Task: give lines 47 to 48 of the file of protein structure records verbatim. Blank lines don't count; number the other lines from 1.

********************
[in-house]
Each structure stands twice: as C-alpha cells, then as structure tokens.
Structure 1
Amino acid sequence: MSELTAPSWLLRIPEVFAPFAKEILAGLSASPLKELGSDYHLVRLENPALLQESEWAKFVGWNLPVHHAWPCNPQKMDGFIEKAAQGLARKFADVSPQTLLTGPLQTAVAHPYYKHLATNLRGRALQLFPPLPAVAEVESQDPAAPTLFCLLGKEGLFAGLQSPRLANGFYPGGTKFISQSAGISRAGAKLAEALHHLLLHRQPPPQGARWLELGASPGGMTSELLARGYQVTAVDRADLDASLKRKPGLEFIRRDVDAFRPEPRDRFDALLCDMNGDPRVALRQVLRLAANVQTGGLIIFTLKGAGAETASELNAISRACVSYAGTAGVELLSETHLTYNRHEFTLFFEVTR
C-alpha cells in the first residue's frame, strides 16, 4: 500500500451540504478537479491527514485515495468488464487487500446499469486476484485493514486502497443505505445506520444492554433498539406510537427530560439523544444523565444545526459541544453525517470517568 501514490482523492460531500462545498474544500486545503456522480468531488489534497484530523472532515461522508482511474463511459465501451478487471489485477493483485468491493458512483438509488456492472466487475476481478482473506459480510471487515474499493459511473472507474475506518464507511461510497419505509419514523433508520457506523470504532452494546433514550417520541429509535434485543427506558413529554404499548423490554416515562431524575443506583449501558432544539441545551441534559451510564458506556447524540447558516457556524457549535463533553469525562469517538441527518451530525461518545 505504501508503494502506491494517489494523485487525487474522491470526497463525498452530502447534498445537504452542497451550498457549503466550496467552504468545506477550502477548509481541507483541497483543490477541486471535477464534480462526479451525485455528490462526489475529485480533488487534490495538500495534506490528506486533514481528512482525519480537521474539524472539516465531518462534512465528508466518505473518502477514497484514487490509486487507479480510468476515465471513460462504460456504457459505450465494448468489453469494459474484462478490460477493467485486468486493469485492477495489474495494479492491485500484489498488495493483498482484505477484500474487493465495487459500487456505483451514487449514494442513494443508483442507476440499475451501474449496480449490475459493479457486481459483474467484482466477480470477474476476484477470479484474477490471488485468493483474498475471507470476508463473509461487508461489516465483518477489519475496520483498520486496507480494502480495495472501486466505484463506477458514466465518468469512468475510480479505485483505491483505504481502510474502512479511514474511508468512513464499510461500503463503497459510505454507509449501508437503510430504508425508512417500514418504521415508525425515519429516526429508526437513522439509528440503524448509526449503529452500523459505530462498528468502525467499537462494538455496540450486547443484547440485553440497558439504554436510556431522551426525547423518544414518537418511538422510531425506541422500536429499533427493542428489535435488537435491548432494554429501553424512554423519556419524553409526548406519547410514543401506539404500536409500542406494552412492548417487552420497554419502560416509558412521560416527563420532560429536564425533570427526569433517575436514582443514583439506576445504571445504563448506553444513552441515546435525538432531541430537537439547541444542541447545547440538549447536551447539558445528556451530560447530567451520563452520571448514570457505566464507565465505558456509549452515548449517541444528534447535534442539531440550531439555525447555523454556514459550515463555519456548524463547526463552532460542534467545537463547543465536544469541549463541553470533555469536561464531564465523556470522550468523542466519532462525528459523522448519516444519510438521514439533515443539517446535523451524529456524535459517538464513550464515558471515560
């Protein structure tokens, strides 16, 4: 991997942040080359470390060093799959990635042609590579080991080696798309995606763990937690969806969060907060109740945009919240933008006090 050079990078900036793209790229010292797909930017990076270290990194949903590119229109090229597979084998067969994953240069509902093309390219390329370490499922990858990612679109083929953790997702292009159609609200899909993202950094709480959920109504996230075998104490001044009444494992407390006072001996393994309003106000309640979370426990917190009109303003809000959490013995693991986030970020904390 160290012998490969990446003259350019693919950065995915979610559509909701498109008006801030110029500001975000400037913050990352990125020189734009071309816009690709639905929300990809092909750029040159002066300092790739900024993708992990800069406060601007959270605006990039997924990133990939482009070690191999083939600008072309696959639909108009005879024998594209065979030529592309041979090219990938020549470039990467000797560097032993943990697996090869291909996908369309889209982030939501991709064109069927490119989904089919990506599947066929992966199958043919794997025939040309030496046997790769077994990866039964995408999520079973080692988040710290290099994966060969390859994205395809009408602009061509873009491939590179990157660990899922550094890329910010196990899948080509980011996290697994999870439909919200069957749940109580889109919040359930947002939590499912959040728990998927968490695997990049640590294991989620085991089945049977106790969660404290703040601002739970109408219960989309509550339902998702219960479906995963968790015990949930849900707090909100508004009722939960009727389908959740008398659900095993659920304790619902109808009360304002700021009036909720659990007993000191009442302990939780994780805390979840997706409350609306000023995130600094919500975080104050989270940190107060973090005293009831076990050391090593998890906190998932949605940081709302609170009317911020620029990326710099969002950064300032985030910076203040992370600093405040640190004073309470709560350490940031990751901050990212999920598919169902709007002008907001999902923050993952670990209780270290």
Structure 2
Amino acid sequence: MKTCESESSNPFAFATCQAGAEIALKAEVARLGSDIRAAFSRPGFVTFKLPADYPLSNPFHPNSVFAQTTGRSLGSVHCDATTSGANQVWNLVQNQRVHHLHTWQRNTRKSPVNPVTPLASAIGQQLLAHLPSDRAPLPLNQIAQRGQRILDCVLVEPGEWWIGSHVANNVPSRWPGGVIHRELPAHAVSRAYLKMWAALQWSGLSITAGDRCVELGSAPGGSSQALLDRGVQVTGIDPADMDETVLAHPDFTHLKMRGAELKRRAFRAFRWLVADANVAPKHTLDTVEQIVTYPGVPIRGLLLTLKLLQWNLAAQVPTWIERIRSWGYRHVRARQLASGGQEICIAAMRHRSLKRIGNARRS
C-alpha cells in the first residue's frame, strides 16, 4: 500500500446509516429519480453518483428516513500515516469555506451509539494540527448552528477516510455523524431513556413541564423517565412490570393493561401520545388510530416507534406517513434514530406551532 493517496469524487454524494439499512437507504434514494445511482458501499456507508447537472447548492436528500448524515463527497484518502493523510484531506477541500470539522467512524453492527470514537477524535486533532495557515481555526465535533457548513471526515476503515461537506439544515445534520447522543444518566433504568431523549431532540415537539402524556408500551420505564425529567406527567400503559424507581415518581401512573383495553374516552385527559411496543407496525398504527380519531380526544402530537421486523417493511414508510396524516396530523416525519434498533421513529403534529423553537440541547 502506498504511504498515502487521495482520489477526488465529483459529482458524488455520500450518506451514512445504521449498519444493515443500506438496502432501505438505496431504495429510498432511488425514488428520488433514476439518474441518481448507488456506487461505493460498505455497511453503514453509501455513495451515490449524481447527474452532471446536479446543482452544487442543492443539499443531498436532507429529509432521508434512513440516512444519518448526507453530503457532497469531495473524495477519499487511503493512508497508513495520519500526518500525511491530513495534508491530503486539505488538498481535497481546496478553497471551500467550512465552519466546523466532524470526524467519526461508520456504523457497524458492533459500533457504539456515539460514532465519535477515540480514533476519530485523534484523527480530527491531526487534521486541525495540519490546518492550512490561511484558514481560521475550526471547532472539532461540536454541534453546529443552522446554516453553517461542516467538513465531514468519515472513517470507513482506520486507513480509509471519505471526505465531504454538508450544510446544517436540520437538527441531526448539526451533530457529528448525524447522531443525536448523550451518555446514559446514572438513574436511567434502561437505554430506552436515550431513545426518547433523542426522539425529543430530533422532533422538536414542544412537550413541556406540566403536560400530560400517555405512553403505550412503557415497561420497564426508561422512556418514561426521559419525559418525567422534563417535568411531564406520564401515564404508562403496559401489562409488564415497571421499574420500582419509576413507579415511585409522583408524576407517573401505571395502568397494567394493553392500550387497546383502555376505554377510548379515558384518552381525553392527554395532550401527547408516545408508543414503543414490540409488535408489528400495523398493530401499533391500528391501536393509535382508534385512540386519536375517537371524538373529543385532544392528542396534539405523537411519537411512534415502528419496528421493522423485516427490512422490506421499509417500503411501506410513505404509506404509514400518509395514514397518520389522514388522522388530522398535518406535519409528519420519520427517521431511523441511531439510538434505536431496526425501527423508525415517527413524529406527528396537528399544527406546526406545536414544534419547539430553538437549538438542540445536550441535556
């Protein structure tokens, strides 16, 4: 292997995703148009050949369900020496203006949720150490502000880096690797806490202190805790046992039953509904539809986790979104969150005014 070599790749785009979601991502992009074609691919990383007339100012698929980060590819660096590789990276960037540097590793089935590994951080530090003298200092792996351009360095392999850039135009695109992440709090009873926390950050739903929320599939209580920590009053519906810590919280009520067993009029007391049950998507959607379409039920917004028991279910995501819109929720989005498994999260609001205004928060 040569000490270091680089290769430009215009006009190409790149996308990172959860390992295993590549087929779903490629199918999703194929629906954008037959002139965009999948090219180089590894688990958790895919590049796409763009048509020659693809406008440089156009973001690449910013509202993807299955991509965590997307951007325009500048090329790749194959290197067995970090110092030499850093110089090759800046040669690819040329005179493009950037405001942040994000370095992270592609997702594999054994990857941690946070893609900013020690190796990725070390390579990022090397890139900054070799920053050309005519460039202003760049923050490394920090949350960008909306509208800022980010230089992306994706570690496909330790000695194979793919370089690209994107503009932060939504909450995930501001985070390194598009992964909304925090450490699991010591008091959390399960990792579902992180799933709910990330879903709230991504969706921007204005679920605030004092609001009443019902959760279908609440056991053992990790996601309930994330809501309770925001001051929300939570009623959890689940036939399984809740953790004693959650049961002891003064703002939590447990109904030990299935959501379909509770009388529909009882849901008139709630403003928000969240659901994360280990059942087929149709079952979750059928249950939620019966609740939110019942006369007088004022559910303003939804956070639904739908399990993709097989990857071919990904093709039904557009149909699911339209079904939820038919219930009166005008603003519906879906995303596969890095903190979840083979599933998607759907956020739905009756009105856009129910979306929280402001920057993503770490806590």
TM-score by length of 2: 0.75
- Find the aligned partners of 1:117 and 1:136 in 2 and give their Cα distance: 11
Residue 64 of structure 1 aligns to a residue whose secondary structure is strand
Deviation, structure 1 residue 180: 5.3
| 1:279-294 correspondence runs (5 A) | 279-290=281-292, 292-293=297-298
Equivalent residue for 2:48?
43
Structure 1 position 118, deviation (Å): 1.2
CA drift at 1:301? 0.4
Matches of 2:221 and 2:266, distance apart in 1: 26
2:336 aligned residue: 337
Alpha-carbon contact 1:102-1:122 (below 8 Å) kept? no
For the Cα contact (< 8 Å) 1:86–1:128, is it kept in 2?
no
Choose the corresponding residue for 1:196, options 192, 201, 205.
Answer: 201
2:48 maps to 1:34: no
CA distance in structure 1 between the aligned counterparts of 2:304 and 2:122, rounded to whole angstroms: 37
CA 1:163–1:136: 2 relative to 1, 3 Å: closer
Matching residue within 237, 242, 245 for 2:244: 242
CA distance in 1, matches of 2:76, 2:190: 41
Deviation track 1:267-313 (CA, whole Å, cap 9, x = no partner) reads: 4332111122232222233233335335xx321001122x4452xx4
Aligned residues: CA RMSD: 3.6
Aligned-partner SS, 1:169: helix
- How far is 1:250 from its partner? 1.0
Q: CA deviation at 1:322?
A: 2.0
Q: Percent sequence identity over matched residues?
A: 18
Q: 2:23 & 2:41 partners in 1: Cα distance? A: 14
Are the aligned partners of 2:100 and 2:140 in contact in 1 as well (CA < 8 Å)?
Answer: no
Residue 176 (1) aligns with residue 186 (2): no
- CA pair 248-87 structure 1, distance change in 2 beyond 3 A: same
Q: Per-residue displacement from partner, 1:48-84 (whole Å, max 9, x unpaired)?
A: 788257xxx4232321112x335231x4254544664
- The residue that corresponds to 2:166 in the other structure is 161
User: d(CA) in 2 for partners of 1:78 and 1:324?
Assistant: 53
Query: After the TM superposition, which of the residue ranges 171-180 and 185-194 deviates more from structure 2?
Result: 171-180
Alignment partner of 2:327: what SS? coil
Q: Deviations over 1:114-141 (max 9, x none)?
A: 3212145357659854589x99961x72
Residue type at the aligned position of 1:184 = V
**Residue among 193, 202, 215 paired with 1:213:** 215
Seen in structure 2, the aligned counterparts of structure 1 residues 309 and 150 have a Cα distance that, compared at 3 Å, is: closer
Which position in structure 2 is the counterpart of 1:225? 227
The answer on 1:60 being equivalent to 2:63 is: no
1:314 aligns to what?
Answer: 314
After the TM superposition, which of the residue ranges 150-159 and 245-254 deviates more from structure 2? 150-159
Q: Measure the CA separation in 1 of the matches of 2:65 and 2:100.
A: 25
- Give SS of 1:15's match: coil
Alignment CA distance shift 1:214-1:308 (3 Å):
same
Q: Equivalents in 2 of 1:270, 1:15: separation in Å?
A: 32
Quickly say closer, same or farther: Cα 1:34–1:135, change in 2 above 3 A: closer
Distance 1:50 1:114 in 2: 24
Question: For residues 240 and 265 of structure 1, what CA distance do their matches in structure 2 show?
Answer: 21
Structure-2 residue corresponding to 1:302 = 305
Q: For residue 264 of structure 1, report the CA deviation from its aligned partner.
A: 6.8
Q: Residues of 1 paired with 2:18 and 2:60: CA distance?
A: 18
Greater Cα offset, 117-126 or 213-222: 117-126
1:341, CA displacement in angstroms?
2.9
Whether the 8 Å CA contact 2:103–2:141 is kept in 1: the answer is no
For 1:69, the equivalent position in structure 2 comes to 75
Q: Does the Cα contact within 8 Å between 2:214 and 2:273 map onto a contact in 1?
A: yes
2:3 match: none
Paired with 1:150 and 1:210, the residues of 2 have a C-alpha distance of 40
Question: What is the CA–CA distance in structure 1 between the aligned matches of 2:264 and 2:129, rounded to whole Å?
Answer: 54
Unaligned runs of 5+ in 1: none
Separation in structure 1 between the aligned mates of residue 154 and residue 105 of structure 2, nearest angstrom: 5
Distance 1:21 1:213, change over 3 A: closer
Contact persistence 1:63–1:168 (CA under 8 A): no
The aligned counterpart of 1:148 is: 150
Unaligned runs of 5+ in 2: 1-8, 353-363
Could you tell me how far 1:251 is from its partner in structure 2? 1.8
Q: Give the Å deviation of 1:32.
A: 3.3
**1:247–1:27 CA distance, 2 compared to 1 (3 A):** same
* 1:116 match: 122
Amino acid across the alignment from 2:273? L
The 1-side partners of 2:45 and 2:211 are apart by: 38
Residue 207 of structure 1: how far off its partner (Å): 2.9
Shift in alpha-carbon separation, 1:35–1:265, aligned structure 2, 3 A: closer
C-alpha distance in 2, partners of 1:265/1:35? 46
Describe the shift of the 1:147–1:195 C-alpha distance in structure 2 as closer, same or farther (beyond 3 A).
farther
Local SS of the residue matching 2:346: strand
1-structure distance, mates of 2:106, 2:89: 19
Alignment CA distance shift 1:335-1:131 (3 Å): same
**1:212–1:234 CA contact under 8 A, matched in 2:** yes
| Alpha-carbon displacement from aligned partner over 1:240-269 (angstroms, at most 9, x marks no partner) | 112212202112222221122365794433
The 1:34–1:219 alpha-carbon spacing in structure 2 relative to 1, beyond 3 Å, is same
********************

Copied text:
- The residue that corresponds to 2:166 in the other structure is 161
User: d(CA) in 2 for partners of 1:78 and 1:324?